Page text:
Archive for Friday, August 11, 2017

Lawrence City Commission to review incentives request for downtown grocery store

A rendering shows a proposed grocery store and apartment building at 700 New Hampshire St.

A rendering shows a proposed grocery store and apartment building at 700 New Hampshire St.

August 11, 2017


At its meeting Tuesday, the Lawrence City Commission will gets its first look at a multimillion-dollar incentives request from developers of a downtown grocery store and apartment project.

As part of the incentives application, a development group led by Lawrence businessman Mike Treanor is requesting a special financing district, bond agreement and a $2.25 million loan from the city to help complete the project.

The commission is only voting whether to accept the application Tuesday. City officials said the decision to receive the application does not obligate the city to proceed, but would authorize the city to go forward with the required studies related to the incentives.

“It’s just receiving it and then if the commission wishes to go ahead and put the project through the formal processes,” Assistant City Manager Diane Stoddard said. "And there are a number of steps with that."

The $26 million project would be located at Seventh and New Hampshire streets on the site of the former Borders bookstore. The plan is to tear down the old bookstore and replace it with a three-story building with an underground parking garage. The ground floor of the building would house a Price Chopper grocery store and a pharmacy, and the upper two floors would house 73 apartments, according to the incentives application. Community benefits indicated on the incentives application include infill development, walkability, job creation and increased access to fresh food.

In accordance with the city’s incentives policy, 13 apartments would be designated as affordable housing units. The apartments would be priced according to the Fair Market Rent model for the area and remain under those parameters for at least the length of the incentives agreement.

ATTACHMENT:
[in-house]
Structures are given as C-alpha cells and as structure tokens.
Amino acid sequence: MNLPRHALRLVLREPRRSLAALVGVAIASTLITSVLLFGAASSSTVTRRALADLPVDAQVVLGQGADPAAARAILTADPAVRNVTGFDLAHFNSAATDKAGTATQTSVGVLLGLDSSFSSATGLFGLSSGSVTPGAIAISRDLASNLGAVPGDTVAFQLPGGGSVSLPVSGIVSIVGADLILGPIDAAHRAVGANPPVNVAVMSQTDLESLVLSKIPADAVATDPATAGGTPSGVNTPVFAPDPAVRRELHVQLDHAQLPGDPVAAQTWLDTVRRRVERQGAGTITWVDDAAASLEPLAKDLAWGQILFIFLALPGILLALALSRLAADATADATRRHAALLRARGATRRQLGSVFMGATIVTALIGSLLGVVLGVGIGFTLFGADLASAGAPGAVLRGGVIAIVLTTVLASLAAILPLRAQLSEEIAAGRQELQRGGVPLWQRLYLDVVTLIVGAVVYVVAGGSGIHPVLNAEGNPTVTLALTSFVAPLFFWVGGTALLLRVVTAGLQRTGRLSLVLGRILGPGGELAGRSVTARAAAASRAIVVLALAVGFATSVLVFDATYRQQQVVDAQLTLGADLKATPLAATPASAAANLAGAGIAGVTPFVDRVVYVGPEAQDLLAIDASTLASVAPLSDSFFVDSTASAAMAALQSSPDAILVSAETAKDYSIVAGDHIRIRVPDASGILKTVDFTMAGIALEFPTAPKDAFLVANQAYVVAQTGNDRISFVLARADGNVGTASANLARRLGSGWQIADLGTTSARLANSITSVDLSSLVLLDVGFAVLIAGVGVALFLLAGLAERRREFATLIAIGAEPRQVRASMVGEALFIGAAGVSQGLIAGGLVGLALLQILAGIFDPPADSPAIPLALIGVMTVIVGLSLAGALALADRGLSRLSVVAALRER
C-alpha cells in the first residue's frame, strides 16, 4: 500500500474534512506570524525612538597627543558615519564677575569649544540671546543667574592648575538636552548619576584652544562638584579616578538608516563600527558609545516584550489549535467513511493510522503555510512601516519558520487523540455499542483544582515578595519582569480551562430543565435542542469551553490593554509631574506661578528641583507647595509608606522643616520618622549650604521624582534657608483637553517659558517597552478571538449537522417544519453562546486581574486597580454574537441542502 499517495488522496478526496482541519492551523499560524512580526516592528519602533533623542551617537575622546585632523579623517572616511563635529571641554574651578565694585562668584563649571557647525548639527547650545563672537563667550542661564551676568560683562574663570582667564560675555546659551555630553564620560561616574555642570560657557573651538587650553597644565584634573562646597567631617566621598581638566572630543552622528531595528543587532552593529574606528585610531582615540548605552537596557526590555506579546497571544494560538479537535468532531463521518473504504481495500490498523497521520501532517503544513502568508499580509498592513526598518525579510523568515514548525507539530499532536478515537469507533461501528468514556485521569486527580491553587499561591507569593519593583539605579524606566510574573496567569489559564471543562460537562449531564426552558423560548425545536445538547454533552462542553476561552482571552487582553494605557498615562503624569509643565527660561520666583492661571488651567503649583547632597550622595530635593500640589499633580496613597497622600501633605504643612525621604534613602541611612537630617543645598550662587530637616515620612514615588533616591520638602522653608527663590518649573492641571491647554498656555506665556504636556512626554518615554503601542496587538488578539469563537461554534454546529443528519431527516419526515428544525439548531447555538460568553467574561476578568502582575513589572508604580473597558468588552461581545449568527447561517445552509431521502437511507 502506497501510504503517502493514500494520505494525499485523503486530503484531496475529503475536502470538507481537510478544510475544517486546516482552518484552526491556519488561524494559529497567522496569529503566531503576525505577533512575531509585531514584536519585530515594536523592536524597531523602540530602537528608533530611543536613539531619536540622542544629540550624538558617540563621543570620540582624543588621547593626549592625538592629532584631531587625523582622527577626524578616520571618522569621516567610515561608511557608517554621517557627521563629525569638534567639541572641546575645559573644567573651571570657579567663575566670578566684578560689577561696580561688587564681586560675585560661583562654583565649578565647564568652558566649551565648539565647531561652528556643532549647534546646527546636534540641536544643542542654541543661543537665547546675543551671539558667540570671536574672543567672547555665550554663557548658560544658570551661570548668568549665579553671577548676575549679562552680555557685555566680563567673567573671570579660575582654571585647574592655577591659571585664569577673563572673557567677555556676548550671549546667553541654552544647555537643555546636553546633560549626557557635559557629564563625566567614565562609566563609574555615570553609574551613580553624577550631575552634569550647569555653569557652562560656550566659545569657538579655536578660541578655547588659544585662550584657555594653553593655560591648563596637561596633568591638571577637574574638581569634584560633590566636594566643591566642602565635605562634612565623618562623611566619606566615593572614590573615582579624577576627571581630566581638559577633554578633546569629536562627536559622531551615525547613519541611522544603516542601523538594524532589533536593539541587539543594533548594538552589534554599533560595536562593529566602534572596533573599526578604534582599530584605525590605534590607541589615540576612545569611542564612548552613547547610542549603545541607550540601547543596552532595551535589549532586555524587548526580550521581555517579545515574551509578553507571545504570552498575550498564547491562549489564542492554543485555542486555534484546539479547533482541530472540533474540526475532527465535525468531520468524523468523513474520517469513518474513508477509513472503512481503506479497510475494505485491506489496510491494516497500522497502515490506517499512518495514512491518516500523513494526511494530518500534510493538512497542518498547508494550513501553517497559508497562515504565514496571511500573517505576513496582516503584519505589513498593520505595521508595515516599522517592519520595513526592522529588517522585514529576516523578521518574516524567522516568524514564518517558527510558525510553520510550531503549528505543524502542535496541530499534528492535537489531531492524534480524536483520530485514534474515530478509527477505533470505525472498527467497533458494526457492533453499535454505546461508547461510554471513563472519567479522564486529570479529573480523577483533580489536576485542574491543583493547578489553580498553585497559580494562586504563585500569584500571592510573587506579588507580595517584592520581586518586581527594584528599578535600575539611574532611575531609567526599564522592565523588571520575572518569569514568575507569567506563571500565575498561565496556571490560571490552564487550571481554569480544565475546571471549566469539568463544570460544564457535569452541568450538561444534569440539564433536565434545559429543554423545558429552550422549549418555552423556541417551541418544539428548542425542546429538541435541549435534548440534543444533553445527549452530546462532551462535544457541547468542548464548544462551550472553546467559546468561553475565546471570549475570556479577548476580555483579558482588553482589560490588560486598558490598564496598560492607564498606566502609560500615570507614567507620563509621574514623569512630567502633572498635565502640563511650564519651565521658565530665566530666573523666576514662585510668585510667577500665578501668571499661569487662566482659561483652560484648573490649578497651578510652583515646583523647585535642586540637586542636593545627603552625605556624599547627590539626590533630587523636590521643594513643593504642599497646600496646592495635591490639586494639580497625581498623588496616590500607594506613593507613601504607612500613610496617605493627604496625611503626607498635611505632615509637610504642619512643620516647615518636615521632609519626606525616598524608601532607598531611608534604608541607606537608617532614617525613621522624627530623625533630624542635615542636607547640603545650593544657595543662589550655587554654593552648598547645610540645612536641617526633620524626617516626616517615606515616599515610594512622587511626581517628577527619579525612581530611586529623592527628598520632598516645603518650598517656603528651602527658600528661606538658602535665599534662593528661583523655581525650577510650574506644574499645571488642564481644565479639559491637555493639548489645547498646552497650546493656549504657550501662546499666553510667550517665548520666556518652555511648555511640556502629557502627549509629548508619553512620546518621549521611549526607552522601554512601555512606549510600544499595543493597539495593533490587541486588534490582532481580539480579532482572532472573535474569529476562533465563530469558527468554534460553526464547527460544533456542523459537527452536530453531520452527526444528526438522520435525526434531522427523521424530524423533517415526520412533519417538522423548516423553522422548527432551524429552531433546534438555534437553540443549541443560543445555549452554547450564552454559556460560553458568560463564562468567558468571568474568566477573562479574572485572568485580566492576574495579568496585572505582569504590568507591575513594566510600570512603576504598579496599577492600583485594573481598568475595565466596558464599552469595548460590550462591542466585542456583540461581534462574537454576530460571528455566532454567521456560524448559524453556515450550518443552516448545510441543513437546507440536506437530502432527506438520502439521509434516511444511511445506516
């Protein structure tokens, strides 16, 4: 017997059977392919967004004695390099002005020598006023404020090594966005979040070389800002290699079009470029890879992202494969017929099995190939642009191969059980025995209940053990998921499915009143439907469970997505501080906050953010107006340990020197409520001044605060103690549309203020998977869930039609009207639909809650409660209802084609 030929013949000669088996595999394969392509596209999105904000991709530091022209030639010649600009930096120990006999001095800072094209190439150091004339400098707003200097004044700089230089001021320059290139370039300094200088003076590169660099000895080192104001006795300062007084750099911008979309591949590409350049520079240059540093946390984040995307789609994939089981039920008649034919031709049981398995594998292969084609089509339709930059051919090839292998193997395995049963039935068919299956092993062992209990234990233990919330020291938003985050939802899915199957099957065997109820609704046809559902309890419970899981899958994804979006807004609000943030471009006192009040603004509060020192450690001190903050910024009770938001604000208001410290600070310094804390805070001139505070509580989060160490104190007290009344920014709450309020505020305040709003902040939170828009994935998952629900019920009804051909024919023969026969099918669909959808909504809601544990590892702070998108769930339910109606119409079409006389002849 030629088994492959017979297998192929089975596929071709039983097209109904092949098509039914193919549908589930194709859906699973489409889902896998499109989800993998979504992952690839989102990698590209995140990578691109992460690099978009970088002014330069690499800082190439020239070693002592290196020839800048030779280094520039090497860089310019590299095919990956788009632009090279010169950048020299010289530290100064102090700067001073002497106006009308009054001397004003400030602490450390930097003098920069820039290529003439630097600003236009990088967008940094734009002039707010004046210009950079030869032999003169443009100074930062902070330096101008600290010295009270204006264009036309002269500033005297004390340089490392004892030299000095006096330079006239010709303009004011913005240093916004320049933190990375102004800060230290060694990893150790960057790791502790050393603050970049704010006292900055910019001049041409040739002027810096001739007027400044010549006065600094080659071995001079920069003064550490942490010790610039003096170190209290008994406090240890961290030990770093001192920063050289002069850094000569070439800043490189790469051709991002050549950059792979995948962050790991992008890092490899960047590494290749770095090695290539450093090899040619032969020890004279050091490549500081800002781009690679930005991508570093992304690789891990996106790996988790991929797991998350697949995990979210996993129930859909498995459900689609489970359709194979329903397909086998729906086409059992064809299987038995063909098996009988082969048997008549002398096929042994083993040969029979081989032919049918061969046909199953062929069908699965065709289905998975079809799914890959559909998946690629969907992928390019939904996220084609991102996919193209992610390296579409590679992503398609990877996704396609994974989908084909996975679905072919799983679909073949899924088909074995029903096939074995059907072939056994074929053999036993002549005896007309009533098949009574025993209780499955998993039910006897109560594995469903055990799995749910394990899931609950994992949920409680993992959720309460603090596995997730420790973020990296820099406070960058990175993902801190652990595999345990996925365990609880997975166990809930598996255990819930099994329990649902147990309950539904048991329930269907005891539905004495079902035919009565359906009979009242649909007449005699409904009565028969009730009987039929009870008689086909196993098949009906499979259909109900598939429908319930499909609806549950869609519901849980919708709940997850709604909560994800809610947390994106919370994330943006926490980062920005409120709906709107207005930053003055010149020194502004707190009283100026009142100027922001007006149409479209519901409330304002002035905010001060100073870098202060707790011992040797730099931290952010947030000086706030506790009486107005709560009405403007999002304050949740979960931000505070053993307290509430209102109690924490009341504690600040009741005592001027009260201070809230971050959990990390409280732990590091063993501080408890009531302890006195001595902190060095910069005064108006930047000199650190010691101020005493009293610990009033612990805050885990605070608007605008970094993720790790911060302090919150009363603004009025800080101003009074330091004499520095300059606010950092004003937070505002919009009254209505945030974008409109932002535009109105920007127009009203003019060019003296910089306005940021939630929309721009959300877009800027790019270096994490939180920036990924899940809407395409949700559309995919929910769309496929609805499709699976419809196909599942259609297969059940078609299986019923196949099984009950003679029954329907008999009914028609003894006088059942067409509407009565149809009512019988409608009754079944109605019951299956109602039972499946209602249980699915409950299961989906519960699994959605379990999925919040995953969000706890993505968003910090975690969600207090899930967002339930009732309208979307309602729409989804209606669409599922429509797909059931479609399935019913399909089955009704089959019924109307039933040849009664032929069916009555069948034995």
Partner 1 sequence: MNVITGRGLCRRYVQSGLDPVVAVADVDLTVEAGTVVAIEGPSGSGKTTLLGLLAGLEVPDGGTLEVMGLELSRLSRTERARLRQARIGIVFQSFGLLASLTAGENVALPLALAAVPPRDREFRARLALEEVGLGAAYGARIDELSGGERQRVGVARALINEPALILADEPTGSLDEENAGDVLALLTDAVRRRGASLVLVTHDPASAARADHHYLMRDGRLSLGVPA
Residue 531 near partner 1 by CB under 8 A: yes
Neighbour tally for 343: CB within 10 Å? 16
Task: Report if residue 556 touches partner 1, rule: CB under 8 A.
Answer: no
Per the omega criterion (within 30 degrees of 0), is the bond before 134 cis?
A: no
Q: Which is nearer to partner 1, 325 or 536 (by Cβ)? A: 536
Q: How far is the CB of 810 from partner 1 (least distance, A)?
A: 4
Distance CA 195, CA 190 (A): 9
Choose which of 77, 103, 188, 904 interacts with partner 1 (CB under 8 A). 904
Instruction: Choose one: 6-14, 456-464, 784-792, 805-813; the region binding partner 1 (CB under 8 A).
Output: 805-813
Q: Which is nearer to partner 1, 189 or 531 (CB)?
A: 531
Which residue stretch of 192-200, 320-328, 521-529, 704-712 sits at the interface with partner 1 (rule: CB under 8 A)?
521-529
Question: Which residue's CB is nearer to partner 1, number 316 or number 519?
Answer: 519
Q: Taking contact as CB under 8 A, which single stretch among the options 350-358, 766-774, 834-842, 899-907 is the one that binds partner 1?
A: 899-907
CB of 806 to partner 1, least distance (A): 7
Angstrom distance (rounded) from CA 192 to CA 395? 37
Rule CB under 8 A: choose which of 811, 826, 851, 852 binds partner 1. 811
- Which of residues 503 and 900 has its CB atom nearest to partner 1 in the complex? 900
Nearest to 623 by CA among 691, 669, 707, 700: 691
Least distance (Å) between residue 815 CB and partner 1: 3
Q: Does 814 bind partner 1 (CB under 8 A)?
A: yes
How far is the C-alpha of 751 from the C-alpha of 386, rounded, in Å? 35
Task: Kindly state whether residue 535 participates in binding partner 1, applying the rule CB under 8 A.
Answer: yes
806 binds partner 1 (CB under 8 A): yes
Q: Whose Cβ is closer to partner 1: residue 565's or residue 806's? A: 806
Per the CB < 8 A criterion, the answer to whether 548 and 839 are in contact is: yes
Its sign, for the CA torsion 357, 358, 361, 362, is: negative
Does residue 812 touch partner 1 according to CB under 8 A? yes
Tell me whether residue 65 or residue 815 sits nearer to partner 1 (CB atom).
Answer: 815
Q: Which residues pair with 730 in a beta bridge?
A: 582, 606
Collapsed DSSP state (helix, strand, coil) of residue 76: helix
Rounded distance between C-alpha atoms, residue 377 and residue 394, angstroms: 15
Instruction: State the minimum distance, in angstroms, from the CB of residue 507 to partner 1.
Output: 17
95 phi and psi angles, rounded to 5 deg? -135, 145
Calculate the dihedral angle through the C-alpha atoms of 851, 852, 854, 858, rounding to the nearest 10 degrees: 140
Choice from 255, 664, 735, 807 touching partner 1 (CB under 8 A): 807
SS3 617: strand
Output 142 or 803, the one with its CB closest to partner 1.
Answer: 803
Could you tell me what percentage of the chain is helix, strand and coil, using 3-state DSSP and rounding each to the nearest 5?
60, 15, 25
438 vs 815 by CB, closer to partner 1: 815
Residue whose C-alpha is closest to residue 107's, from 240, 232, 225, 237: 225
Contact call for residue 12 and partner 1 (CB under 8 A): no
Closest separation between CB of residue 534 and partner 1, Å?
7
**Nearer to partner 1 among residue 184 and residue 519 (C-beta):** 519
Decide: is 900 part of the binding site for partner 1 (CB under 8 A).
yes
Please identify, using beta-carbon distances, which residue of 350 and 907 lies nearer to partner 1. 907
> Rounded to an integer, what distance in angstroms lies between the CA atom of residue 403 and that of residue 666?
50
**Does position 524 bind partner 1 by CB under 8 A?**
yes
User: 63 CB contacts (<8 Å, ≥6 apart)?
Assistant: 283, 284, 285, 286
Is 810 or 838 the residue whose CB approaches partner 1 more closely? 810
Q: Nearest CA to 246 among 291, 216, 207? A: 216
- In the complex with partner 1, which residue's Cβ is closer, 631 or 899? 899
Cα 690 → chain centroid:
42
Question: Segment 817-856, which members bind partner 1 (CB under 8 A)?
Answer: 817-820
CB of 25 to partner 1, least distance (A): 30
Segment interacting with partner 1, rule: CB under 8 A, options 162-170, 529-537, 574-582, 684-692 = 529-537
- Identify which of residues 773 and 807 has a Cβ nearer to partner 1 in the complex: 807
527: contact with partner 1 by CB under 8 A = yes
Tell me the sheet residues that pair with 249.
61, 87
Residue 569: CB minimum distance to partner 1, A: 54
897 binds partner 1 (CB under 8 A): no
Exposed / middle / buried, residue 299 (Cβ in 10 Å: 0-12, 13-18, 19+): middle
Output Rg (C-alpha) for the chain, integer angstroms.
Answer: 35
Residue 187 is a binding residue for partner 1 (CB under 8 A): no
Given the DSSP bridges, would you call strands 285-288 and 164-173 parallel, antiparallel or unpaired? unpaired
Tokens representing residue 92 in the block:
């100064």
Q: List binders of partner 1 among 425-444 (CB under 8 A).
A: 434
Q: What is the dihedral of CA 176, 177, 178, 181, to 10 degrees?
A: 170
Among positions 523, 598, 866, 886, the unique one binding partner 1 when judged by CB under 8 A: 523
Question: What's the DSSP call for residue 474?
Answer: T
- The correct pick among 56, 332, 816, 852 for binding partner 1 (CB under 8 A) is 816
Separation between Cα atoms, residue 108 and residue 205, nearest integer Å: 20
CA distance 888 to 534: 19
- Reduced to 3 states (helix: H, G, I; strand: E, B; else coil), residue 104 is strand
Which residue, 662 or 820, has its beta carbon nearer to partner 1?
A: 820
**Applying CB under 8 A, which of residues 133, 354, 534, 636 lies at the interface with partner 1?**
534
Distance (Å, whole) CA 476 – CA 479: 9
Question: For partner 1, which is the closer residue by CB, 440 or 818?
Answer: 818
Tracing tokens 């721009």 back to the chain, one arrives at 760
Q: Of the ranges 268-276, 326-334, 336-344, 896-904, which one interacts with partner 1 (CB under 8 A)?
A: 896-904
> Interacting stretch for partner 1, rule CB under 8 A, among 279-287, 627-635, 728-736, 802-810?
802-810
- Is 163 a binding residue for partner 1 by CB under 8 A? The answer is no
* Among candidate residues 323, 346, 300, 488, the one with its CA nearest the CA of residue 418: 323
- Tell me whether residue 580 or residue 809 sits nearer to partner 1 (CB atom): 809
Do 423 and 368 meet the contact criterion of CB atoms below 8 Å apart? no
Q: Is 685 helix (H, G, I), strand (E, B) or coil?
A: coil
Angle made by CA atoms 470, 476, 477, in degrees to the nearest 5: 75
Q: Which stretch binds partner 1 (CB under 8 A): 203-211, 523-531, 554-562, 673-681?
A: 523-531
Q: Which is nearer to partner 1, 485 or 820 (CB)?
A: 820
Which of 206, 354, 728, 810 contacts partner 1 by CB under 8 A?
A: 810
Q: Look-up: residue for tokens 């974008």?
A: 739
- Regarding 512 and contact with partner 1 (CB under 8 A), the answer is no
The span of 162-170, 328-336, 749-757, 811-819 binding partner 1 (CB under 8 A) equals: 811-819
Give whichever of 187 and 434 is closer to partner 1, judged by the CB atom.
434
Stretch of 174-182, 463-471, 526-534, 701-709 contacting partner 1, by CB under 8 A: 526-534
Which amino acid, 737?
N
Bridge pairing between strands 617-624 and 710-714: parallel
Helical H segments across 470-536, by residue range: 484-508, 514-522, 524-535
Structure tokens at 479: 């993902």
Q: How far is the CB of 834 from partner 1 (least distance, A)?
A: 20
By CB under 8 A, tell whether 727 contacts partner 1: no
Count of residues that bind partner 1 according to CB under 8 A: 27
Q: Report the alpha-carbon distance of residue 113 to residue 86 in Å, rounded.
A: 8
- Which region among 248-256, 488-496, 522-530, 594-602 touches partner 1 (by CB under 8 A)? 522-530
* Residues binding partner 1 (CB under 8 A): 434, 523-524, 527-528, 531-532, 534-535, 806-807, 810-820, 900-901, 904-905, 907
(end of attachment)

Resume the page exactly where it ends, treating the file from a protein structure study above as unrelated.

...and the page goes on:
For incentives, Treanor Investments is requesting an $8.3 million, 20-year tax increment financing district, which would allow the development to receive a rebate on new property and sales taxes generated by the development. It is also requesting Industrial Revenue Bonds, a type of special financing that would allow the project to buy construction materials sales tax-free. Lastly, developers are requesting a $2.25 million interest-free or low interest loan for tenant finish of the grocery store.

Stoddard said loan requests as part of incentives applications don’t happen very frequently. In a memo to the City Commission regarding the incentives application, city staff asks commissioners to provide any “overall direction” related to the application. Stoddard said the loan request will be one thing the City Commission will need to weigh in on.

“They might provide general direction, like we really aren’t interested in a loan of that amount,” Stoddard said. “And they may provide other general direction related to the project that we can then take under advisement as we work with the developer.”

Stoddard said the incentives application will require the city to complete several studies, the cost of which are paid by the developer. She said city policy and state law require a feasibility study and a “but for” analysis for TIF districts. The feasibility study looks at the overall feasibility of a project given the revenue and expenditures, and the but for analysis determines if the incentives are necessary for the project to proceed.

Another requirement of the application is that those involved with the project do not have delinquent taxes or debts to the city. That requirement may come into play because the application states that Lawrence businessman Doug Compton “will likely join as co-developer once he has complied with city policy.”